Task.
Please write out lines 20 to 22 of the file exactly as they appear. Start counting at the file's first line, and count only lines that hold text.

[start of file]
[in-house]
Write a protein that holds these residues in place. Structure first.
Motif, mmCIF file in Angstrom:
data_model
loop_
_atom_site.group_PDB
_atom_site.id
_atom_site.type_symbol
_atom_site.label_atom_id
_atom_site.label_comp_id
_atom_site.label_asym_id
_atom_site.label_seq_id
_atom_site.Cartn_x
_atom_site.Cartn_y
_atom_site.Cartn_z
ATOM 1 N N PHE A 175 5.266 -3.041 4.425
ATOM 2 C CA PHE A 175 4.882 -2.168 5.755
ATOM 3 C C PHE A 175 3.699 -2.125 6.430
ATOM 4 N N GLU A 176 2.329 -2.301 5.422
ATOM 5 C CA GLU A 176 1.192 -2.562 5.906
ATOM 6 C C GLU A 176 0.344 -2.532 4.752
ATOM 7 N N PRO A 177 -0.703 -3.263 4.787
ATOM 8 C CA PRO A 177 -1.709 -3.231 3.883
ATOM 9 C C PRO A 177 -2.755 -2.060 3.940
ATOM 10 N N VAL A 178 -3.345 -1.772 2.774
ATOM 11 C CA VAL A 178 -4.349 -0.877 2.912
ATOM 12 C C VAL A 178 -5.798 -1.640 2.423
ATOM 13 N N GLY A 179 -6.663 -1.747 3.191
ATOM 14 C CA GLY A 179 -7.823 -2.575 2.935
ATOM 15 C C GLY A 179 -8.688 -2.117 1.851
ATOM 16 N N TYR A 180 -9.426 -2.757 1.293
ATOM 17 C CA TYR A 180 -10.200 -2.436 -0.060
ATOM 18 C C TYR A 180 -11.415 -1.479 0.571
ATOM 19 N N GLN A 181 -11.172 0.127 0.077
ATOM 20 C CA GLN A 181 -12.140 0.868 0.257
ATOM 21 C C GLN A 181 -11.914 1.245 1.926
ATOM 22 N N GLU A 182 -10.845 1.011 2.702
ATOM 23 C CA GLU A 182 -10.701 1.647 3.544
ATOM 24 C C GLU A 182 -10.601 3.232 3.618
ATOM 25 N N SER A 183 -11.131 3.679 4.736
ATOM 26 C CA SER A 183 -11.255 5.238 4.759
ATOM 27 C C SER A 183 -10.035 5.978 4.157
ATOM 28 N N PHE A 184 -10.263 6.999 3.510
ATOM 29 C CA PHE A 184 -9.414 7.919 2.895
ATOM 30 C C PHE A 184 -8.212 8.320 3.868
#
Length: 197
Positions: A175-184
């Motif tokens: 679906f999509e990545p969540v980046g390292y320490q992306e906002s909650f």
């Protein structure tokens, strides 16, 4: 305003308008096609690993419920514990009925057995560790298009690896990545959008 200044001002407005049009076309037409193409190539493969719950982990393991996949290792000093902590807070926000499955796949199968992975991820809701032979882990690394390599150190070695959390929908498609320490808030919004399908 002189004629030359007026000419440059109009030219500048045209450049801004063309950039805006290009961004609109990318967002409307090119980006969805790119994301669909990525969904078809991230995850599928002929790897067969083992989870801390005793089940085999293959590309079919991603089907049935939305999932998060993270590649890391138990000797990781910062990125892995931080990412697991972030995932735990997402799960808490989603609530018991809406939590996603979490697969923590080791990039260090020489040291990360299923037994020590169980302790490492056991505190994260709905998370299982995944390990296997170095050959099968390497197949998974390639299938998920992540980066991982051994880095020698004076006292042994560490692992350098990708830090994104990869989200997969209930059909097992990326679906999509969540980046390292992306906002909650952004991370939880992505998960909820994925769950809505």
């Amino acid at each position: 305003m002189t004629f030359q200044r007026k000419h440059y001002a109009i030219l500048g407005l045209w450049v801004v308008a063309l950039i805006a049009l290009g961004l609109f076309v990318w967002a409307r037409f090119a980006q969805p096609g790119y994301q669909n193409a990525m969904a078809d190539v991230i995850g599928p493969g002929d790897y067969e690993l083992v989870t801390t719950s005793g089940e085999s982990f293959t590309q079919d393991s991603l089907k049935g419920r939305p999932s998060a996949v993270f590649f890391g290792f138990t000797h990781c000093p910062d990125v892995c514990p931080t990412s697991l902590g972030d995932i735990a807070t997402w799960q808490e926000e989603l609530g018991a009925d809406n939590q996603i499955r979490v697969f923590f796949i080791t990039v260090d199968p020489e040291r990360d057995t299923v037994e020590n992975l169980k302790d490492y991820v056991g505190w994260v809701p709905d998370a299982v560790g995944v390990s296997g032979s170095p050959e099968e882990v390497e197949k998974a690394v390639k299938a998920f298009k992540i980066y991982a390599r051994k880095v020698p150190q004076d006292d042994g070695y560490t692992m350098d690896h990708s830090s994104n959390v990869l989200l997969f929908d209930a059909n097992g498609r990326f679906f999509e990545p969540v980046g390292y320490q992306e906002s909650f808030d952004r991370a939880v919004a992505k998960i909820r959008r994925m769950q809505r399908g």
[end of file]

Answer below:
ATOM 5 C CA GLU A 176 1.192 -2.562 5.906
ATOM 6 C C GLU A 176 0.344 -2.532 4.752
ATOM 7 N N PRO A 177 -0.703 -3.263 4.787